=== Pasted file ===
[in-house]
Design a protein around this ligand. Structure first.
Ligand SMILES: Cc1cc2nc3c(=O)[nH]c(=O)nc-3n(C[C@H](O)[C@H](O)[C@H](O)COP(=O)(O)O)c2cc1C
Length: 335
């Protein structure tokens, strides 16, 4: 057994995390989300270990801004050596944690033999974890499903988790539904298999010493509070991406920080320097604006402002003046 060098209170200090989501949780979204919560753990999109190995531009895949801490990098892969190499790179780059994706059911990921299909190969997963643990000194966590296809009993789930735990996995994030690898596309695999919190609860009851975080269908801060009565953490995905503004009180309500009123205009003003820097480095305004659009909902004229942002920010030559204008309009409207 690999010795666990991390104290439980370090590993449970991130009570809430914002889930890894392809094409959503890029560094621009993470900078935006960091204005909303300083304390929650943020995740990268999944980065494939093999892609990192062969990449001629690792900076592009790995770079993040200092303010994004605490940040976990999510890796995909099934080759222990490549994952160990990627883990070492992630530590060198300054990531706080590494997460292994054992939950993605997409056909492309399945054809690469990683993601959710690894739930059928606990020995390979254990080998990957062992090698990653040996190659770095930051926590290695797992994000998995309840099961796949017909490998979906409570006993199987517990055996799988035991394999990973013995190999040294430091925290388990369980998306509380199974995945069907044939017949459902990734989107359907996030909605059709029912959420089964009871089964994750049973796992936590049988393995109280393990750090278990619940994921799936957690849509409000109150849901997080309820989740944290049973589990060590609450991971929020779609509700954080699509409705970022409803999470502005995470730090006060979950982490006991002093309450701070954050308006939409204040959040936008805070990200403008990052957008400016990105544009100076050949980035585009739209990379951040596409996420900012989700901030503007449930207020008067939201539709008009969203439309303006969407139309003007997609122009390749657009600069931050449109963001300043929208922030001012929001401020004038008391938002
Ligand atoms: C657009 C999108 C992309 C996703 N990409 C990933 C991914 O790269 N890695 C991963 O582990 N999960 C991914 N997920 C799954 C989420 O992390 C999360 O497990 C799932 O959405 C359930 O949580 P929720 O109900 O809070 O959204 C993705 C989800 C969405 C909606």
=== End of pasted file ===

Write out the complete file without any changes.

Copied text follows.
[in-house]
Design a protein around this ligand. Structure first.
Ligand SMILES: Cc1cc2nc3c(=O)[nH]c(=O)nc-3n(C[C@H](O)[C@H](O)[C@H](O)COP(=O)(O)O)c2cc1C
Length: 335
């Protein structure tokens, strides 16, 4: 057994995390989300270990801004050596944690033999974890499903988790539904298999010493509070991406920080320097604006402002003046 060098209170200090989501949780979204919560753990999109190995531009895949801490990098892969190499790179780059994706059911990921299909190969997963643990000194966590296809009993789930735990996995994030690898596309695999919190609860009851975080269908801060009565953490995905503004009180309500009123205009003003820097480095305004659009909902004229942002920010030559204008309009409207 690999010795666990991390104290439980370090590993449970991130009570809430914002889930890894392809094409959503890029560094621009993470900078935006960091204005909303300083304390929650943020995740990268999944980065494939093999892609990192062969990449001629690792900076592009790995770079993040200092303010994004605490940040976990999510890796995909099934080759222990490549994952160990990627883990070492992630530590060198300054990531706080590494997460292994054992939950993605997409056909492309399945054809690469990683993601959710690894739930059928606990020995390979254990080998990957062992090698990653040996190659770095930051926590290695797992994000998995309840099961796949017909490998979906409570006993199987517990055996799988035991394999990973013995190999040294430091925290388990369980998306509380199974995945069907044939017949459902990734989107359907996030909605059709029912959420089964009871089964994750049973796992936590049988393995109280393990750090278990619940994921799936957690849509409000109150849901997080309820989740944290049973589990060590609450991971929020779609509700954080699509409705970022409803999470502005995470730090006060979950982490006991002093309450701070954050308006939409204040959040936008805070990200403008990052957008400016990105544009100076050949980035585009739209990379951040596409996420900012989700901030503007449930207020008067939201539709008009969203439309303006969407139309003007997609122009390749657009600069931050449109963001300043929208922030001012929001401020004038008391938002
Ligand atoms: C657009 C999108 C992309 C996703 N990409 C990933 C991914 O790269 N890695 C991963 O582990 N999960 C991914 N997920 C799954 C989420 O992390 C999360 O497990 C799932 O959405 C359930 O949580 P929720 O109900 O809070 O959204 C993705 C989800 C969405 C909606």